Never designed packaging on a dieline? Read this:

Aleksandra Owczarek
Aleksandra Owczarek | 5 min read

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This article will help you understand how to design packaging on a dieline. It assumes that you’re ready and eager to get your creative juices flowing and start the process of packaging design. 

It will not explain what a dieline is, when to use one, or what a dieline is used for. 


  • Your Packhelp dieline
  • Adobe Illustrator
  • Design assets (logos, shapes, symbols, patterns etc)

Downloading your Packhelp dieline

In the video below, you’ll see how to download the PDF dieline for a full-colour F45 mailer box. 

NOTE: In the video, the PDF dieline will be downloaded. We suggest you download the Adobe Illustrator file to design directly onto the dieline using Adobe Illustrator. 

Please remember this screen that you downloaded the dieline from:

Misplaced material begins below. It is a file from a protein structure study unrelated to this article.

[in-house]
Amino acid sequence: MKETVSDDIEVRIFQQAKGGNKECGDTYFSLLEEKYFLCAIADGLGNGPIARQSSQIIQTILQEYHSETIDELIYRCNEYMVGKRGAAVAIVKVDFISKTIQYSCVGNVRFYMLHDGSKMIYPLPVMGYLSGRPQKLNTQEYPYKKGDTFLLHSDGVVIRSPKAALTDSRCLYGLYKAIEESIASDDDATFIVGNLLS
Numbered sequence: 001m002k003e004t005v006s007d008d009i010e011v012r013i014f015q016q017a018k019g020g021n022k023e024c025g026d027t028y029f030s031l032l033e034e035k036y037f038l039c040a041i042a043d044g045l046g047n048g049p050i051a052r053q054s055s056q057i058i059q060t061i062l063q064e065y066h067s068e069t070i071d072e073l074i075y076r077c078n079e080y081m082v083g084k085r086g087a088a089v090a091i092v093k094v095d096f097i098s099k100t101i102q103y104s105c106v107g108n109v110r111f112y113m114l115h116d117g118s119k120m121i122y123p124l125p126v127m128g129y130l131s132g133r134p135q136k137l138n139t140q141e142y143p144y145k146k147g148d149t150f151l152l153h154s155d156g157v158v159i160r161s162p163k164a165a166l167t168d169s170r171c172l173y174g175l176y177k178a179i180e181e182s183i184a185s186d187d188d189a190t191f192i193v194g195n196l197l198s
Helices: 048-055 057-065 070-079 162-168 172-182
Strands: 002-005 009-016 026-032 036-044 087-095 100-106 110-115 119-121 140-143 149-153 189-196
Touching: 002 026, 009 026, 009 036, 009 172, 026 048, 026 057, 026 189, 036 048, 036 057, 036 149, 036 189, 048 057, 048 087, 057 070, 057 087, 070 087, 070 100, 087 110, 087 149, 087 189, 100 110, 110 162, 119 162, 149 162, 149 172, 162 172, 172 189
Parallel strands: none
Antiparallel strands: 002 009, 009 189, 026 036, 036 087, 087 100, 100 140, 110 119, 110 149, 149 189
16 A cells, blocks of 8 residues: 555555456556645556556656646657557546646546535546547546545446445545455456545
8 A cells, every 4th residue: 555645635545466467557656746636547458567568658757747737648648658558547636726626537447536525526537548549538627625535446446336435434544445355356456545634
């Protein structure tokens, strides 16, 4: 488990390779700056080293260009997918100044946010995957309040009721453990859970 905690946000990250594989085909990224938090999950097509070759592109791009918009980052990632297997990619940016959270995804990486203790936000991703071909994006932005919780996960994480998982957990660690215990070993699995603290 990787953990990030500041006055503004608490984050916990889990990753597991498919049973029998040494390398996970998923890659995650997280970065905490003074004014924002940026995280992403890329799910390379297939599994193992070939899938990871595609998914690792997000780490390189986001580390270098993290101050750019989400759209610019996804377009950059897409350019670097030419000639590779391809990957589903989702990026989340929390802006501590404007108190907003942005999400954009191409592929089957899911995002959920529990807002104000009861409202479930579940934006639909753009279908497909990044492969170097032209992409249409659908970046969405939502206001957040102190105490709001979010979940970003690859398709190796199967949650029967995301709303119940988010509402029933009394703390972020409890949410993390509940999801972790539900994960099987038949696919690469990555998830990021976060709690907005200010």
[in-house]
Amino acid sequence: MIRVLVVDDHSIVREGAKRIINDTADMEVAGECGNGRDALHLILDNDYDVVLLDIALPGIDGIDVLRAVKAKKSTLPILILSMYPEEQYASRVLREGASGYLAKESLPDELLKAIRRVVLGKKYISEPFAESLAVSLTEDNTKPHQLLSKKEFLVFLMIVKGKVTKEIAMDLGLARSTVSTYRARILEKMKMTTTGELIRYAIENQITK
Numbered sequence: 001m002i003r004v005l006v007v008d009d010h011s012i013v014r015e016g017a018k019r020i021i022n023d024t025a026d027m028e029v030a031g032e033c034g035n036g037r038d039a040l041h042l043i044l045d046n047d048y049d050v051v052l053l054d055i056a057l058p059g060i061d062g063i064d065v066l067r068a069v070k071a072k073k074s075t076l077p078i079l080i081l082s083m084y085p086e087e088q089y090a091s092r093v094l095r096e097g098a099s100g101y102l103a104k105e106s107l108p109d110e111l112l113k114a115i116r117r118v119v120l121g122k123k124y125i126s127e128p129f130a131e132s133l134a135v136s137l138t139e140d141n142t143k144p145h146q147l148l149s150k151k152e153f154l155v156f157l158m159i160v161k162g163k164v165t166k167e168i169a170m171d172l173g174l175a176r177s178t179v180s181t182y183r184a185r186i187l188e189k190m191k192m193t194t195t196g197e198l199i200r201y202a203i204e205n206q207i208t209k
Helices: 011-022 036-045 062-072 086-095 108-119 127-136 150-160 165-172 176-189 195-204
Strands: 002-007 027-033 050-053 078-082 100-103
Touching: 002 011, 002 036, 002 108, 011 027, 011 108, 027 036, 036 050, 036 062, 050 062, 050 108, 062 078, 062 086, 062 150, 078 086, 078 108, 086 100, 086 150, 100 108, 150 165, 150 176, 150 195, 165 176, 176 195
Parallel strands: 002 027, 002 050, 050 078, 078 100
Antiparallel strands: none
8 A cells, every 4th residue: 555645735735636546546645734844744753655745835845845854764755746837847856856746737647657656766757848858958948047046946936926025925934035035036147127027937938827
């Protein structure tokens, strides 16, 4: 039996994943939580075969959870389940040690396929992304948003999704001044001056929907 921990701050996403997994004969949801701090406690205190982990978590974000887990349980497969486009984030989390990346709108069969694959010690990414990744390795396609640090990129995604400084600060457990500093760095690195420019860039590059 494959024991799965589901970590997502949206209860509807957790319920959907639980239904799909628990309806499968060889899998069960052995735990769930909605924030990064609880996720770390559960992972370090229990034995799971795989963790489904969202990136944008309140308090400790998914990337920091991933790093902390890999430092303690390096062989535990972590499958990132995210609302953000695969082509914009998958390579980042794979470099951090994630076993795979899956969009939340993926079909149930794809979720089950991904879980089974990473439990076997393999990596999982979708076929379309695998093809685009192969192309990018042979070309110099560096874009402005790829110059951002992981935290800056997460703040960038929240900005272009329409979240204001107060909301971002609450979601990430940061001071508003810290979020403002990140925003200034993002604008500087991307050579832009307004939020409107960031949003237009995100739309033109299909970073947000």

It’s from this screen that you’ll upload your completed dieline when you’re finished designing.

It’s here that you can also specify which protective coating you’d like added to your print - a glossy foil, a matt foil, and if you’d like the box printed white inside. 

You can also download our logo that shows you’re supporting reforestation and have offset your packaging production by planting two trees with your order.  Learn more here

Open the AI file in Illustrator and you’ll see this:

It’s important to understand what these lines mean:

Line types in dielines

Red lines represent fold lines or edges. When your box arrives, these red lines will come creased and ready to fold. 

Green lines represent cut lines. Once your packaging is printed, a large machine (called a die cutter) will cut your box along these lines. 

Your packaging is printed on a large machine that’s run at a very high speed. Due to vibrations, temperature changes and many other factors, designs may shift a few millimetres. The green line is used to create 2 other areas - bleed areas and safe areas

Bleed areas

Your design is printed on a large piece of cardboard then cut into shapes indicated by the green lines on the dieline. Therefore, any design assets like shapes and patterns should be extended over the green line by 5mm. This ensures that your design will be printed should the box move only a fraction during the printing process. 

Safe areas